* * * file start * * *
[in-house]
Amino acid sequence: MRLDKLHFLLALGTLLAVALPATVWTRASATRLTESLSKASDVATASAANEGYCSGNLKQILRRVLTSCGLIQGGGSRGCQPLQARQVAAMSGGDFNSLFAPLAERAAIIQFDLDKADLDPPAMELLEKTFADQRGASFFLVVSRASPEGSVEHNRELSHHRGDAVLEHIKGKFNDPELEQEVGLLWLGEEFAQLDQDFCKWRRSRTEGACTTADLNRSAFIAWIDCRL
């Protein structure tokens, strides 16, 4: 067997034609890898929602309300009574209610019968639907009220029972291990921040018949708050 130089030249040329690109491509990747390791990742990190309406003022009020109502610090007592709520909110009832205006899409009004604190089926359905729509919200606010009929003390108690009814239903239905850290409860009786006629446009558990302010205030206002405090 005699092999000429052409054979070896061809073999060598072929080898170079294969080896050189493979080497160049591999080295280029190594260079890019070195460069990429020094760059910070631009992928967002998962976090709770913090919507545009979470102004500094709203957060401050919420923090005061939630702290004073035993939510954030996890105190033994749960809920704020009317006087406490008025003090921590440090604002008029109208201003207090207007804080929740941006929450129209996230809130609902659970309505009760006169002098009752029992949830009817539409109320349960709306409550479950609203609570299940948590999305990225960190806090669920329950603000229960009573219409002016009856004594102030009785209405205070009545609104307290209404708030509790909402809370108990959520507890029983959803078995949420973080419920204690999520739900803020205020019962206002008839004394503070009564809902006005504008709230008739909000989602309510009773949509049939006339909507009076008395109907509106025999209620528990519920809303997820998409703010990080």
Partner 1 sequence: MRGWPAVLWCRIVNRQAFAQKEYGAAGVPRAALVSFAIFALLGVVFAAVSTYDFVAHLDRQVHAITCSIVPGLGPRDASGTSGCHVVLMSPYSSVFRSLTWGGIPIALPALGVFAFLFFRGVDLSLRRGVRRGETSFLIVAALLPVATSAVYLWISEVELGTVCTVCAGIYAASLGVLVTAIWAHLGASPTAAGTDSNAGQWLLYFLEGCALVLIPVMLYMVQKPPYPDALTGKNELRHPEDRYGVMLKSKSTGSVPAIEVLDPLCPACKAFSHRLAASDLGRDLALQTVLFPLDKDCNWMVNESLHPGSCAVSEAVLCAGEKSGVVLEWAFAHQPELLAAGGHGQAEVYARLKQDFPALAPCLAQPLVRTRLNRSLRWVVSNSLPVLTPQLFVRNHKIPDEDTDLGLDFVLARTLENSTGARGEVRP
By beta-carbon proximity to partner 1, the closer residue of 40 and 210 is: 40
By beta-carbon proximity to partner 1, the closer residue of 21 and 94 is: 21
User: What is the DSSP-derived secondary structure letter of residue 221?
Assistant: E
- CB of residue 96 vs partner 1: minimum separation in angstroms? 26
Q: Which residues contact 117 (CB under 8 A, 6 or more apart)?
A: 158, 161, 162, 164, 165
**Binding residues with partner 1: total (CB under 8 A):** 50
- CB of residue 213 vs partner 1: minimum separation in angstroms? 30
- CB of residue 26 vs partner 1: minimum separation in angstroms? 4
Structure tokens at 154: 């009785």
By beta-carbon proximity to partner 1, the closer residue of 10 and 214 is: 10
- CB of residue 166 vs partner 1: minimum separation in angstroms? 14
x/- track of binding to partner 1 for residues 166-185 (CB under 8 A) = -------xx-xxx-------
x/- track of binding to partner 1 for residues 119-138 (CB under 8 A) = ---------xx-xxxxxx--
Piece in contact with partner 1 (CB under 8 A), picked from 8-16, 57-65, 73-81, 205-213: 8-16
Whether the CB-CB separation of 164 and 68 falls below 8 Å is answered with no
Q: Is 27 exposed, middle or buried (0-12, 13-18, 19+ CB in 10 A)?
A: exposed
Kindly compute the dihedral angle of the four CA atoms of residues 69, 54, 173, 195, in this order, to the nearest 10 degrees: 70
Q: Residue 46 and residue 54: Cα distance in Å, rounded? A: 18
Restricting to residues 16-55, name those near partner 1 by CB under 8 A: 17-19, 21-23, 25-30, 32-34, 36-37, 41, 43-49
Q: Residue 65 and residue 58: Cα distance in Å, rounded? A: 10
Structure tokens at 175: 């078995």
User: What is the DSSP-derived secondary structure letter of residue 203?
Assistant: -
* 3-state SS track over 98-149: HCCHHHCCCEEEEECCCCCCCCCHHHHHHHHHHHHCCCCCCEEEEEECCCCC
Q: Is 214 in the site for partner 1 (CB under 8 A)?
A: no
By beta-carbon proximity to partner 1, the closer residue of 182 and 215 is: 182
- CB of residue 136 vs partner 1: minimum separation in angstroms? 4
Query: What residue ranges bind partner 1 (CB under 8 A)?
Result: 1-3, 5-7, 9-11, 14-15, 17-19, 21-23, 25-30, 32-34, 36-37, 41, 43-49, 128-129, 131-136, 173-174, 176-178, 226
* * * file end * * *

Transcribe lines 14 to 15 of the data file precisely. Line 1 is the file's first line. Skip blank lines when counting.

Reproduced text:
- CB of residue 26 vs partner 1: minimum separation in angstroms? 4
Structure tokens at 154: 């009785």